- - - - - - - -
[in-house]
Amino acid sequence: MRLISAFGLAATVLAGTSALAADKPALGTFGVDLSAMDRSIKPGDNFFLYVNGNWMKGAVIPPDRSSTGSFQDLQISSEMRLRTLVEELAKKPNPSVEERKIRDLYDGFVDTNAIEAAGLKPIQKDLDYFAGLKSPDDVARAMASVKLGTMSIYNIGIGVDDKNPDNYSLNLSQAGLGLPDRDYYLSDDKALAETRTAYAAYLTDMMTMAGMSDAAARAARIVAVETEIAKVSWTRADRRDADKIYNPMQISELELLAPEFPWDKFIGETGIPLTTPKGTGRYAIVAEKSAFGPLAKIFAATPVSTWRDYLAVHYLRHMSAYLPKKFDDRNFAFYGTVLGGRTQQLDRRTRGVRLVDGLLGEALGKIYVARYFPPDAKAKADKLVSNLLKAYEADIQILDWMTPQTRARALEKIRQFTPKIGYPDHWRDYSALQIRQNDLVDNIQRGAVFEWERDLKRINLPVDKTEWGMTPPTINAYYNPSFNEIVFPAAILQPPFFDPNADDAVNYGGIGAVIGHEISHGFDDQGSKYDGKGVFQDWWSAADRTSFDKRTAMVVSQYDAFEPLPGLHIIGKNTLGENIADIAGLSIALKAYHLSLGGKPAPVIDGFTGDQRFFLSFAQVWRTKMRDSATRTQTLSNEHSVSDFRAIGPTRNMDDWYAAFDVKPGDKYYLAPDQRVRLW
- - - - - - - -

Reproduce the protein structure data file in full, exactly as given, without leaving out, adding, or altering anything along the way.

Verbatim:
[in-house]
Amino acid sequence: MRLISAFGLAATVLAGTSALAADKPALGTFGVDLSAMDRSIKPGDNFFLYVNGNWMKGAVIPPDRSSTGSFQDLQISSEMRLRTLVEELAKKPNPSVEERKIRDLYDGFVDTNAIEAAGLKPIQKDLDYFAGLKSPDDVARAMASVKLGTMSIYNIGIGVDDKNPDNYSLNLSQAGLGLPDRDYYLSDDKALAETRTAYAAYLTDMMTMAGMSDAAARAARIVAVETEIAKVSWTRADRRDADKIYNPMQISELELLAPEFPWDKFIGETGIPLTTPKGTGRYAIVAEKSAFGPLAKIFAATPVSTWRDYLAVHYLRHMSAYLPKKFDDRNFAFYGTVLGGRTQQLDRRTRGVRLVDGLLGEALGKIYVARYFPPDAKAKADKLVSNLLKAYEADIQILDWMTPQTRARALEKIRQFTPKIGYPDHWRDYSALQIRQNDLVDNIQRGAVFEWERDLKRINLPVDKTEWGMTPPTINAYYNPSFNEIVFPAAILQPPFFDPNADDAVNYGGIGAVIGHEISHGFDDQGSKYDGKGVFQDWWSAADRTSFDKRTAMVVSQYDAFEPLPGLHIIGKNTLGENIADIAGLSIALKAYHLSLGGKPAPVIDGFTGDQRFFLSFAQVWRTKMRDSATRTQTLSNEHSVSDFRAIGPTRNMDDWYAAFDVKPGDKYYLAPDQRVRLW